The US Department of Energy (DOE) has cancelled a US$200 million grant application from lithium-ion battery firm Microvast, which rejected any links to the Chinese government.
The DOE decided this week to withdraw a previously announced intention of approving a US$200 million separator grant to Microvast, which designs, develops, and manufactures lithium-ion battery solutions. It did not provide specific reasons for the move. The decision was praised by Republican Senator John Barrasso, ranking member of the Senate Committee on Energy and Natural Resources (ENR), who commented:
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“The Department of Energy has finally retreated from sending U.S. taxpayer dollars to Microvast, an electric vehicle battery company with close ties to Communist China. I’m stunned it took the Biden Administration this long to admit the obvious: no company beholden to Communist China should be considered for U.S. government grants or loans. The administration should immediately reject other applicants with similar ties. It should also overhaul its grant making process and conduct due diligence before issuing press releases.”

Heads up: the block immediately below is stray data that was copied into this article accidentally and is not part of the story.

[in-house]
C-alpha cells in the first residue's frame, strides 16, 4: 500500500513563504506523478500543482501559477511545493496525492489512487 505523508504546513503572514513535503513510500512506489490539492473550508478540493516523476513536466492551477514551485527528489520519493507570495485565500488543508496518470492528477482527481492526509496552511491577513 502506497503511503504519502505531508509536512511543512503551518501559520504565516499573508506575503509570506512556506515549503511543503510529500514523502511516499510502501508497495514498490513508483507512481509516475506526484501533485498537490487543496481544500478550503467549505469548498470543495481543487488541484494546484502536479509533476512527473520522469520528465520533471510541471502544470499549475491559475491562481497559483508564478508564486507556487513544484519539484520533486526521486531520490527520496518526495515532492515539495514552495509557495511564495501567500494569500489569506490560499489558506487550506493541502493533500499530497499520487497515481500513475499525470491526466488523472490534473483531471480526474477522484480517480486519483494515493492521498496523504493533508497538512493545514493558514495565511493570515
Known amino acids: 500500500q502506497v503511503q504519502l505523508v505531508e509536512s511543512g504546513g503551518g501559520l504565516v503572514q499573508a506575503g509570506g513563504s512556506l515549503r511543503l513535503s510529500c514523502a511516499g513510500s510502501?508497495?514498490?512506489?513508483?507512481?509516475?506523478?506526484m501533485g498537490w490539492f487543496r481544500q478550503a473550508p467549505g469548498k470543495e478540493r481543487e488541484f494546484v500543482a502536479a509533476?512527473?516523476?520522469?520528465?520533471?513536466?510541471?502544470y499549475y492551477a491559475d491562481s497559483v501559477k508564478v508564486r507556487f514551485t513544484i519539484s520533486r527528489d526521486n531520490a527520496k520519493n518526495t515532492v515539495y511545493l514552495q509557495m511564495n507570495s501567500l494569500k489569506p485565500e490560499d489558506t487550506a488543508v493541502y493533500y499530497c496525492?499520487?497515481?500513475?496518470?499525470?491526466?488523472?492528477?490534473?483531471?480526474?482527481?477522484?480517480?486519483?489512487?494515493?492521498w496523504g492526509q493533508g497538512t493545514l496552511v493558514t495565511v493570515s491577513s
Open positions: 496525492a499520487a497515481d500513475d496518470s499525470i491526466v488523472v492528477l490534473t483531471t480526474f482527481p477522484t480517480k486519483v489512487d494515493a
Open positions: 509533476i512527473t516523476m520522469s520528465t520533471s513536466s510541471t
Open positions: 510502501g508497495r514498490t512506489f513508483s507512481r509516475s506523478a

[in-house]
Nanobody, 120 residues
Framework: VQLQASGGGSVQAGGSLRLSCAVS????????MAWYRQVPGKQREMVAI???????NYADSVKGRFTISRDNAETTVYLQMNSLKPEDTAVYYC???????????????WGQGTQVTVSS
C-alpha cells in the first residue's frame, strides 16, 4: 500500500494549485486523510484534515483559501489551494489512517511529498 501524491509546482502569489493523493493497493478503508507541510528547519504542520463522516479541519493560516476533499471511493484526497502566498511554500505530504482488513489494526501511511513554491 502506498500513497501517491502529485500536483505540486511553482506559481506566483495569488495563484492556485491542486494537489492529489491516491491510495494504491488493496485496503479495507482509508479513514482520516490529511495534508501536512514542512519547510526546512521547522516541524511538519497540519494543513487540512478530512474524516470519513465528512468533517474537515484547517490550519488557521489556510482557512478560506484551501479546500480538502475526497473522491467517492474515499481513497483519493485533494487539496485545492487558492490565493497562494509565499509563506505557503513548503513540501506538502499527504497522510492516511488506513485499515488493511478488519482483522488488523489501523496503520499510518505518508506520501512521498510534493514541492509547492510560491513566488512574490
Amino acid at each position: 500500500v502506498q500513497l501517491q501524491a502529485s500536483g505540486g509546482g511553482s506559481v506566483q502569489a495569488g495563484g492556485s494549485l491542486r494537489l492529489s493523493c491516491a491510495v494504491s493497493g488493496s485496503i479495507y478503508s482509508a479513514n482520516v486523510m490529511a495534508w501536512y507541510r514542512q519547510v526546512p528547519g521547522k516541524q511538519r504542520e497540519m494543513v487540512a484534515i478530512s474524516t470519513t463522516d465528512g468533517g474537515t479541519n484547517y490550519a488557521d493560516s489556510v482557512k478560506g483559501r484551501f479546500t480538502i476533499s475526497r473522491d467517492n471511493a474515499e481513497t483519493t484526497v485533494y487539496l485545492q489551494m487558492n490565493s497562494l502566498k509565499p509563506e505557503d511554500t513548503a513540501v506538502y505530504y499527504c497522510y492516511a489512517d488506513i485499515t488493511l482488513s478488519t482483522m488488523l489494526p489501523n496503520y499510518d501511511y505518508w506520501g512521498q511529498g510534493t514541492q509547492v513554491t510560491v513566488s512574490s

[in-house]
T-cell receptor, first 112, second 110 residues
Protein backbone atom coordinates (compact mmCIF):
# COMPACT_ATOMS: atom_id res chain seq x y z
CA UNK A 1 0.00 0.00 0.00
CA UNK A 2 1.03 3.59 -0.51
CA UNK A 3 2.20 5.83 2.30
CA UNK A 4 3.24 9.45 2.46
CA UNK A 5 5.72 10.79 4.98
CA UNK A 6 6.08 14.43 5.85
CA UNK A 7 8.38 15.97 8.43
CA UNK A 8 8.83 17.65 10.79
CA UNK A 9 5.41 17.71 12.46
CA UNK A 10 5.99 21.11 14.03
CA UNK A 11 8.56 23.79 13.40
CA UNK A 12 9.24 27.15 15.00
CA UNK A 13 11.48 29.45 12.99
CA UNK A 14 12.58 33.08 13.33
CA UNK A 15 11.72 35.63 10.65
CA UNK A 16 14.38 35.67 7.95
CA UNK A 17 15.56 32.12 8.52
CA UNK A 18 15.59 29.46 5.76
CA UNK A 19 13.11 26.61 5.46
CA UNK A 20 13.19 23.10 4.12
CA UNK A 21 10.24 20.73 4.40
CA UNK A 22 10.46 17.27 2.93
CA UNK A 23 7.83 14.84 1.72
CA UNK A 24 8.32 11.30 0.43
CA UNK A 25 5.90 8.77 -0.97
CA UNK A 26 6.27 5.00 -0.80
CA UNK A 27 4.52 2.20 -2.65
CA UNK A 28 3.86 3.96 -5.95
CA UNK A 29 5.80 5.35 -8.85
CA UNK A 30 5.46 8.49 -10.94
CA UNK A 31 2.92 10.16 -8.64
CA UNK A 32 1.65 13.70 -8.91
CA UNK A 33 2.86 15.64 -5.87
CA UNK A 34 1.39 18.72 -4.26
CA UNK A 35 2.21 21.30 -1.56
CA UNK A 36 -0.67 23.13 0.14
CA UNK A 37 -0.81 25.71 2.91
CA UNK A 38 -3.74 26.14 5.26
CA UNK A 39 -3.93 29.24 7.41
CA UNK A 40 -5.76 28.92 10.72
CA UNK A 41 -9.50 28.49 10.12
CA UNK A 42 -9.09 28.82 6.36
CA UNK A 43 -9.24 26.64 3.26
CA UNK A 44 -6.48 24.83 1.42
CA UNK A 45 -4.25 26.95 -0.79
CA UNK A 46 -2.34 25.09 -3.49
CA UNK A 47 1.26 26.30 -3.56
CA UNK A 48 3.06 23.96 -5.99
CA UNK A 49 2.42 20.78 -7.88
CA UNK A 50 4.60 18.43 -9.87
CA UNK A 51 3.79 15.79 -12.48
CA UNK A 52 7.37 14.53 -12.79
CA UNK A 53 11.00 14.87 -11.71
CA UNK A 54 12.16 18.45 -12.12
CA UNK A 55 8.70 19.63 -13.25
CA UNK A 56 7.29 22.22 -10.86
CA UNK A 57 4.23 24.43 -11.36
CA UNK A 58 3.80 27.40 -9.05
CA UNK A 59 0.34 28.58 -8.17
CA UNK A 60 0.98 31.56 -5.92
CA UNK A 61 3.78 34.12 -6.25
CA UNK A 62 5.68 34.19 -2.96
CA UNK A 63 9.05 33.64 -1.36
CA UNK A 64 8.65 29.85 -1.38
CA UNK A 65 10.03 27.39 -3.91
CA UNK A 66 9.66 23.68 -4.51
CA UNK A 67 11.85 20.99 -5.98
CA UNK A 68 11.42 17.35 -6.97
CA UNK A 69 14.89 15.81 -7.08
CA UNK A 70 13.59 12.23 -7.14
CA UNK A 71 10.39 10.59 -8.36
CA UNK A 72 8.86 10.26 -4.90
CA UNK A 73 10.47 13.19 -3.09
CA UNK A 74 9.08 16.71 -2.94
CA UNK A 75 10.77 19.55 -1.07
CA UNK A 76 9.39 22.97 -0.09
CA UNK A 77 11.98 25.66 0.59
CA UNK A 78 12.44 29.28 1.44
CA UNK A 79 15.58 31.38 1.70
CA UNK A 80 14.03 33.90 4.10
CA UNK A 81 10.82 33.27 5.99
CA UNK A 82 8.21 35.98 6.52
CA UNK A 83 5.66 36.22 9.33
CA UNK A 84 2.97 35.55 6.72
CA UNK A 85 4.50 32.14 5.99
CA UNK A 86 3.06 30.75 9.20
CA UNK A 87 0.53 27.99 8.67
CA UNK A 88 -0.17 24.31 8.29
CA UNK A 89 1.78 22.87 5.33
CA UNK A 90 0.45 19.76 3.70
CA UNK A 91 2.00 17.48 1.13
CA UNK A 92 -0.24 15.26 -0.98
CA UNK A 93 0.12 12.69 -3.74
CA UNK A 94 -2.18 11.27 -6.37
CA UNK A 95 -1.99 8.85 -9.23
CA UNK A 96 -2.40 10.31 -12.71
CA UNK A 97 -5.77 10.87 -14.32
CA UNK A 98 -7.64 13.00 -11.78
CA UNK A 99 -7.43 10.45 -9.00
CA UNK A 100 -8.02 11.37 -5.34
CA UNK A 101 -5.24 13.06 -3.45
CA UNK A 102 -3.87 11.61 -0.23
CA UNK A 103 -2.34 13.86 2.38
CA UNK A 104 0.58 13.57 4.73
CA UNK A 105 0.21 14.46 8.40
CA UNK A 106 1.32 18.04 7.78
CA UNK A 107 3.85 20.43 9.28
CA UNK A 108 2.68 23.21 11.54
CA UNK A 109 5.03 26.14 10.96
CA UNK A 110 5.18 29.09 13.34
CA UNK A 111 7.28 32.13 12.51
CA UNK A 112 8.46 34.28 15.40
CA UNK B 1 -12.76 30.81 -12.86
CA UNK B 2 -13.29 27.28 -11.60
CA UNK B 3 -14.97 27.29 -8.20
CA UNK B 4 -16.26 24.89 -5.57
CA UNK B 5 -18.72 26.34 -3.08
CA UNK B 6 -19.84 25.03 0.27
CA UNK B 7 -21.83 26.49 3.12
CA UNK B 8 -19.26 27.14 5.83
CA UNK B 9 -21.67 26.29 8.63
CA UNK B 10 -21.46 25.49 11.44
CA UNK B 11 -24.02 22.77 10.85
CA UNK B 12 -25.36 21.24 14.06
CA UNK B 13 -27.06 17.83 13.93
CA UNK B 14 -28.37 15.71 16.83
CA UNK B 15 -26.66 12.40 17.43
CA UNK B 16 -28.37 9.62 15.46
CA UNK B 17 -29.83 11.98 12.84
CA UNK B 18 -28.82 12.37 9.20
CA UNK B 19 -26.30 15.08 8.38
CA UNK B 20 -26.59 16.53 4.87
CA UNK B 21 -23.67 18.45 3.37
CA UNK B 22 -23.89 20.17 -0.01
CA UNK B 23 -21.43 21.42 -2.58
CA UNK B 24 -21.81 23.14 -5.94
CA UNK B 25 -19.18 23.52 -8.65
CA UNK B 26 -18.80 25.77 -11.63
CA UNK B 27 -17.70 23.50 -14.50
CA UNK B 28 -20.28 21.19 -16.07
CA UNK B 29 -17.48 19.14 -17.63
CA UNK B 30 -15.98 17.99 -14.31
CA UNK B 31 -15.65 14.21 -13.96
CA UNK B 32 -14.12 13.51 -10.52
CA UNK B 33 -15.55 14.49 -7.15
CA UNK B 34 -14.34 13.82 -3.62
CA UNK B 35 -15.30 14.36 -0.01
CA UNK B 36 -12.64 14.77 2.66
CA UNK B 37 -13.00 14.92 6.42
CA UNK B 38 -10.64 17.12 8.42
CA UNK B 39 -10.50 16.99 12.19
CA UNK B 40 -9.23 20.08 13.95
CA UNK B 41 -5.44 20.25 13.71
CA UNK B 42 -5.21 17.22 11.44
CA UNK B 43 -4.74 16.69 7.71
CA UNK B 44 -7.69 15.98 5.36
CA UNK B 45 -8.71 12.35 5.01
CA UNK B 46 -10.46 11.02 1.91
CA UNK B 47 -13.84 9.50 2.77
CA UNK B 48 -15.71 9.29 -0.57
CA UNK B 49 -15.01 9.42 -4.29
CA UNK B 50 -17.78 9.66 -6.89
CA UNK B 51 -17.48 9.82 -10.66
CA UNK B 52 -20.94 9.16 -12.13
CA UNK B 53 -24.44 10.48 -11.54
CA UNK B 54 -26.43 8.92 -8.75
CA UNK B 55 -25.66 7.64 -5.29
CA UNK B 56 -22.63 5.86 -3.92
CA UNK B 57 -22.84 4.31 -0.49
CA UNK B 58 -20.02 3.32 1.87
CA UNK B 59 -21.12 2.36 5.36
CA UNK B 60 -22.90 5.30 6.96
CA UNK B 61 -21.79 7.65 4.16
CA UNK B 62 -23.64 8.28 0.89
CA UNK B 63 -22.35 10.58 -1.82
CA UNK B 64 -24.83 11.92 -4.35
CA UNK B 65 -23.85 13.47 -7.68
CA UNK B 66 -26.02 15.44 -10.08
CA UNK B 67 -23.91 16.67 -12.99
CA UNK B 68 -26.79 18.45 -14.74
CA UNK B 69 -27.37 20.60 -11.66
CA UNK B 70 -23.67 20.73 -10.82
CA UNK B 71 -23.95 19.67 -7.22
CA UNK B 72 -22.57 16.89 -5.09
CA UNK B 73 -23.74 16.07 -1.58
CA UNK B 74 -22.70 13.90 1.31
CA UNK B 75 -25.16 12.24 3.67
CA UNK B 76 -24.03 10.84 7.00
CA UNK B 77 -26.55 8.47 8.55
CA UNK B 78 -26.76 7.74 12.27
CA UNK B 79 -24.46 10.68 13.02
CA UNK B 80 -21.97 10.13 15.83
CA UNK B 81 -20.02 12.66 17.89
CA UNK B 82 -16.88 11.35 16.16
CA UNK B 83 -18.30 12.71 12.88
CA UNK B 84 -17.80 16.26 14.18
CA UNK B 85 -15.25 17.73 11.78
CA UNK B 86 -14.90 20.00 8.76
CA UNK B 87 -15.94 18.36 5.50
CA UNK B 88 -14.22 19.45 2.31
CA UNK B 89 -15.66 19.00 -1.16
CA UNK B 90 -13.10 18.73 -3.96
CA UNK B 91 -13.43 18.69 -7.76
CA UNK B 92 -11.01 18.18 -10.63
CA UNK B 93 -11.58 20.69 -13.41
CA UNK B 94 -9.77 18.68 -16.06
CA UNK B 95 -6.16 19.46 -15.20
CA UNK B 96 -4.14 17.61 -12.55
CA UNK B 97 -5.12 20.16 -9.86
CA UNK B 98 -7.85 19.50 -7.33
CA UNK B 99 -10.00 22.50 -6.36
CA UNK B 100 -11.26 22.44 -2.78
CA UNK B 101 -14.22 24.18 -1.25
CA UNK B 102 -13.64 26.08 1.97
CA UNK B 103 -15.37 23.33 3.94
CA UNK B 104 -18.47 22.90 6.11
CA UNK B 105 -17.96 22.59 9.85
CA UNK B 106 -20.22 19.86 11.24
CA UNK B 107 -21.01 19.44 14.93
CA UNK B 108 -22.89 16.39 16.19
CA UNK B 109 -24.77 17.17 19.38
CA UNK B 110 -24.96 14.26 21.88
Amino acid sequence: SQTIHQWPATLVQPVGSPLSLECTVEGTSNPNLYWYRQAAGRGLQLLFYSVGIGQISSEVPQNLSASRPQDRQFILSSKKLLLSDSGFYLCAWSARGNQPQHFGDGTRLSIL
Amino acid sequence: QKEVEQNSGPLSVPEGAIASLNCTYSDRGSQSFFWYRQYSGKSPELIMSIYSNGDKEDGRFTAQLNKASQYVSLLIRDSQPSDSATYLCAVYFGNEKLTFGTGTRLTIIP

Microvast chairman Yang Wu yesterday (24 May) responded, saying: “the company is surprised by the DOE’s decision to withdraw the grant, which was designed to help build a new facility in Kentucky that would employ hundreds of people.”
“Microvast is based in Texas, its shares are traded on Nasdaq, and the operations for our global business are centralized in the U.S. Neither the Chinese government nor the Chinese Communist Party has any ownership in the company, nor do they control or influence company operations in any way. The company is therefore considering all of its options.”
The company manufactures lithium-ion battery cells through plants in Texas, Germany and China and full BESS systems since launching a specialist battery division last year, shortly before announcing its first order for 1,200MWh for an undisclosed customer.